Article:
Mario is Nintendo’s mascot and most recognizable character. Mario and friends appear in a lot of games of varying genres and quality, but the “true” Mario series is a platforming series. For nearly every Nintendo system Mario platformers have been considered genre highlights and console essentials. It’s a lot of expectations to live up to, but somehow Nintendo almost always delivers, and with Super Mario 3D Land they do again.
The game set up is the same as always. The evil Bowser, King of the Koopas, has kidnapped Princess Peach, and the heroic plumber Mario must rescue her. Nintendo seems to have recognized that this plot is not only well-worn but a bit ridiculous. The cut scenes that propel the story along are brief and not self-important.
Mario has been successful in both 2D and 3D platforming before. This is Mario’s first foray into 3D on a handheld. However, the levels are much more linear than the console 3D platformers. In each level you have to get Mario to the flagpole at the end and the path to follow is spelled out plainly. For each stage there are three Star Coins that can be found. In the early worlds just finishing the levels is enough, but in later worlds Star Coins are needed to buy new stages.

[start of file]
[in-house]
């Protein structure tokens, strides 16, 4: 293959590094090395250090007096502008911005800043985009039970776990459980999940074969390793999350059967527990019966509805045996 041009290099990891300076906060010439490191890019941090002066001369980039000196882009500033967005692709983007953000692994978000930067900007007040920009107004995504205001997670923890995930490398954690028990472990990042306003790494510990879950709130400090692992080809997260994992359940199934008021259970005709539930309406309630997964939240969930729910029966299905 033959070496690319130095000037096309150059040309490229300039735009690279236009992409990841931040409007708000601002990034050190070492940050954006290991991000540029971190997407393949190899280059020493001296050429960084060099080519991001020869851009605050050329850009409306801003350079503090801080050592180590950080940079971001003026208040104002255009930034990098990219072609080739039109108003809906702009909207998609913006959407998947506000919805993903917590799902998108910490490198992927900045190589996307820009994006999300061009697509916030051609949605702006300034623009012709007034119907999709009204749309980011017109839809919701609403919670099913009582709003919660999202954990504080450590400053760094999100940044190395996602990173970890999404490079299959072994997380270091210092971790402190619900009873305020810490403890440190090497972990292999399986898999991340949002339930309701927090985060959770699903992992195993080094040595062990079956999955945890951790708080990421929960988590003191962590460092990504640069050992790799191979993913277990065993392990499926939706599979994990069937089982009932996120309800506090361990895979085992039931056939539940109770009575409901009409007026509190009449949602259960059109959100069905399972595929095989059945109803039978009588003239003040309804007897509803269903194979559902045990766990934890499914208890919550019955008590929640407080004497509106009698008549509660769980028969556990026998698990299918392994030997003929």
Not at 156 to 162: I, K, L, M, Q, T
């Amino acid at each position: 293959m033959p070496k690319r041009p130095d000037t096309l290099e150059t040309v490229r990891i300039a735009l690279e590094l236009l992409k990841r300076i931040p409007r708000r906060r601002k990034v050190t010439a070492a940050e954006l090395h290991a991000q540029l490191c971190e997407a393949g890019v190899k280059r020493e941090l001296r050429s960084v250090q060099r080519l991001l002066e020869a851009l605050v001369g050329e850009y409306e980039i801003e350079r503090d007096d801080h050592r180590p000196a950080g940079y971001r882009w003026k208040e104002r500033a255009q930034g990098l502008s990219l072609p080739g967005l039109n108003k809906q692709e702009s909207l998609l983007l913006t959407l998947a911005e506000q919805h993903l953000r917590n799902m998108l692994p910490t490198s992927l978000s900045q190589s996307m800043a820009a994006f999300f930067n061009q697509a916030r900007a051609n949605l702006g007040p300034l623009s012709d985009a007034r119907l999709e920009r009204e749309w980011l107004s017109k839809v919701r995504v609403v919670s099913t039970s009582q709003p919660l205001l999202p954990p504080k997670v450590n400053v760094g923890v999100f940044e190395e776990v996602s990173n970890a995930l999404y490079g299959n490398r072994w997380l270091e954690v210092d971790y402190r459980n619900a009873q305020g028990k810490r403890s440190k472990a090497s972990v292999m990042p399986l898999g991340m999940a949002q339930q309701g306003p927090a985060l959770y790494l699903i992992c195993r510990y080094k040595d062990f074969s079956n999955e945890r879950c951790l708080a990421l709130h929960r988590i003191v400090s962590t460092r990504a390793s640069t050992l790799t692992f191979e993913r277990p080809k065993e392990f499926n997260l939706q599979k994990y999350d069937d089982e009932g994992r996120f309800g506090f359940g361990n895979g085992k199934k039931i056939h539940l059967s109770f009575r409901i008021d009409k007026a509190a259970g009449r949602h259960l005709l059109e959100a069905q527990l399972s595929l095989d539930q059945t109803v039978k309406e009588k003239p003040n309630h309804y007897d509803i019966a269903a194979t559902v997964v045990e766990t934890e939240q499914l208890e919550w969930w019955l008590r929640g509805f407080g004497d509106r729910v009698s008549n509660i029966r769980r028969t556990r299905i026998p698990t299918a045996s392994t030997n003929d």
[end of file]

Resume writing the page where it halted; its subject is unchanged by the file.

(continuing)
There have been so many iterations of Mario. It would have been easy for Nintendo to overload the game with mechanics, enemies, and power-ups. Nintendo has streamlined those concepts nicely here and only chosen the ones appropriate for this game. For example there are only a handful of power-ups but each one is perfectly suited for the enemies and levels.
In terms of gameplay, 3D Land is a great mix of the classic 2D games and the more recent 3D forays. More specifically the game feels like a mix of Super Mario Bros. 3 and the Super Mario Galaxy games. Those are highlights in the series and mashed together they create something that feels familiar but almost completely new.